combined with the negating prefix a-, so meaning, a land free of cold and horror.

But the change of sound from ph to f in Greek is datable to about the first century,

so this cannot really be the origin of the name

Egypt was considered part of  “ASIA” by the “Ancients,” and first assigned to “Africa” by the geographer Ptolemy (85 – 165 AD)

, who accepted Alexandria as Prime Meridian and made the isthmus of Suez and the Red Sea the “boundary” between Asia and Africa.

As Europeans came to understand the real extent of the continent, the idea of Africa expanded with their knowledge.

Afri (singular, Afer) was the Latin name for an ancient people located on the shores of the

Southern Mediterranean Sea near the city of Carthage, nowadays Tunisia.

The first record of their existence was made during the Punic Wars (264-146 BC) between ancient Rome and Carthage.

The name may be connected with Phoenician `afar, dust (also found in other Semitic languages), or with Berber `ifri, cave.  Back in medieval historyIfri-qi-ya or Ifriqiyah (Arabicإفريقية‎) was the area comprising the coastal regions of what are today western LibyaTunisia, and eastern Algeria. This area included what had been the Roman province called Africa, whose name it inherited. (North Africa)

Ifriqiya was bounded on the south by the semi-arid areas and salt marshes called el-Djerid. At various times, the rulers of this area also conquered Sicily and parts of mainland Italy, and the western boundary was in continual flux but usually went as far as Bejaia. Its capital was Qayrawan (Kairouan) in central Tunisia.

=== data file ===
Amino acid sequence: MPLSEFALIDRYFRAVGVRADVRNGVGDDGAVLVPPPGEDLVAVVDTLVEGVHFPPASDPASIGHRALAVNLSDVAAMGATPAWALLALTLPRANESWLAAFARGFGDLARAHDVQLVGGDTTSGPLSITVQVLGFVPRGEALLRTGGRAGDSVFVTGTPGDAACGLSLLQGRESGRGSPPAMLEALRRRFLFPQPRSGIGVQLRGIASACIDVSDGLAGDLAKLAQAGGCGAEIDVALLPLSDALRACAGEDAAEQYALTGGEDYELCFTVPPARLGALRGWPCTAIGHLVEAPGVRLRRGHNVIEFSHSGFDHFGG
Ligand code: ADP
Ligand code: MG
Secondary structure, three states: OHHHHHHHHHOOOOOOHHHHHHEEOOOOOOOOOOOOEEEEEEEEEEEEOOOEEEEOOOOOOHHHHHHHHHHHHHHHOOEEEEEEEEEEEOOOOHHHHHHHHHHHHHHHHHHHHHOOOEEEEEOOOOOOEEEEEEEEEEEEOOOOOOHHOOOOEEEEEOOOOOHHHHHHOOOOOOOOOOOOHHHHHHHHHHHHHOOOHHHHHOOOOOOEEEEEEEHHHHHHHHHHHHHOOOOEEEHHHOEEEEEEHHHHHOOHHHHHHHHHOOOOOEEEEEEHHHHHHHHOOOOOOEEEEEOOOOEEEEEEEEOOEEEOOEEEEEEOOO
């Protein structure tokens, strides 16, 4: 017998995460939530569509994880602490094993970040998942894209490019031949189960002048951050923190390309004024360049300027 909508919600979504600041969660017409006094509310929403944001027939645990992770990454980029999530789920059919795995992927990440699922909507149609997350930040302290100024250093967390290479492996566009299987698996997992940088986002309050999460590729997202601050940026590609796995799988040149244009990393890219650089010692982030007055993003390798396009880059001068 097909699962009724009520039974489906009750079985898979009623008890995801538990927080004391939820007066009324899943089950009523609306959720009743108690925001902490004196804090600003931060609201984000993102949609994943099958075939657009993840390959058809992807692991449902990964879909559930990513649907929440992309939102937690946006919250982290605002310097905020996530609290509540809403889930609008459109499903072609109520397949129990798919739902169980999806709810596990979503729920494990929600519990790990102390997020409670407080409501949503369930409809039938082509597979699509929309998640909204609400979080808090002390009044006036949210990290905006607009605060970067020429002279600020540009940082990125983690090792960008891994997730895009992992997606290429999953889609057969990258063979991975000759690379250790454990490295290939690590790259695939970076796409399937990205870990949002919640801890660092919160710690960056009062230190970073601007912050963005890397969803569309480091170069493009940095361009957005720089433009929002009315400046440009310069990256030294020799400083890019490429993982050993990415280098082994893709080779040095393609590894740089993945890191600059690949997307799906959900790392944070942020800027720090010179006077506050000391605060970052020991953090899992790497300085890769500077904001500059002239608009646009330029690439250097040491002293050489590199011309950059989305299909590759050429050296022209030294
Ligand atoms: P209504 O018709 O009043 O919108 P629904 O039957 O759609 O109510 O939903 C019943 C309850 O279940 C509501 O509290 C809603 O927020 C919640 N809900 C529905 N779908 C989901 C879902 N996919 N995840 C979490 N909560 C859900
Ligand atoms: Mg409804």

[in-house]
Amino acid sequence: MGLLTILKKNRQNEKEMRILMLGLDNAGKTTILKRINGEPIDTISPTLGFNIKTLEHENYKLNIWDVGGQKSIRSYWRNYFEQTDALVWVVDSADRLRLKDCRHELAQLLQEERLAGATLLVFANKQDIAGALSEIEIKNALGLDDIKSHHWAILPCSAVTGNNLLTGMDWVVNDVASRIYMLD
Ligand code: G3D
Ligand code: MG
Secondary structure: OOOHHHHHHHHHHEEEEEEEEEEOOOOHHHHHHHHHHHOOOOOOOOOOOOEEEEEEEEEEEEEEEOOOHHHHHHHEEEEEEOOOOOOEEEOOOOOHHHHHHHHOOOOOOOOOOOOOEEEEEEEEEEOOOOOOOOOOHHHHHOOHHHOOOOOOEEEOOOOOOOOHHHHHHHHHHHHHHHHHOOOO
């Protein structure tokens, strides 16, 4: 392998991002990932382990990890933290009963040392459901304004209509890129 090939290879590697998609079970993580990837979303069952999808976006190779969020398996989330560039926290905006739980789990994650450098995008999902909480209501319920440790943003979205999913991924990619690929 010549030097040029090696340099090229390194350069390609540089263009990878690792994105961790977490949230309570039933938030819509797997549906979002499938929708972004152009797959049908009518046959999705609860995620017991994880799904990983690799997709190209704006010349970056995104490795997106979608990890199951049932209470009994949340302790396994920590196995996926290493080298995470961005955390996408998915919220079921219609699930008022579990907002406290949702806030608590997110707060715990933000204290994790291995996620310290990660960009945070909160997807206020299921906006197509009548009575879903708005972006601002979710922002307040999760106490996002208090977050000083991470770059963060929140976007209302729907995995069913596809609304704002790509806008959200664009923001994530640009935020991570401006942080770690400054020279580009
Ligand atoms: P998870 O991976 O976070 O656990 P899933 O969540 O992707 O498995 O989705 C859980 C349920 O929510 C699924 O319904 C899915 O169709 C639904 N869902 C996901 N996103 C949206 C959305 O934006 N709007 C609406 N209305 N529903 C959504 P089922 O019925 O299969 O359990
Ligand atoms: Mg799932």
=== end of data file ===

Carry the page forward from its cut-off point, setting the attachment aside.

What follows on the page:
The classical historian Flavius Josephus asserted that the region had been invaded by

Descendants of Abraham‘s grandson Epher, who gave it their name.Imhotep

Nubia_pyramids1

Phoenicians:

The name Africa has been connected with the Phoenician word afar, which means ”dust.” It has also has been connected to two Phoenician terms friqi or pharika, which means “land of corn or fruit.” It has also been hypothesized that Africa may have derived from a Phoenician root faraqa or faraq, meaning “separation or diaspora.”

Romans:
The Romans have been given credit for popularizing the name Africa in the West. They used the name Africa terra meaning “land of the Afri” (or singular version “Afer”) for the northern part of the continent. Its capital was Carthage, which is modern-day Tunisia.
The story told by some historians is that the Romans got the term from the Carthaginians, as a native term for their country. The Latin suffix “-ica” can sometimes be used to denote a land (e.g., in Celtica from Celtae, as used by Julius Caesar).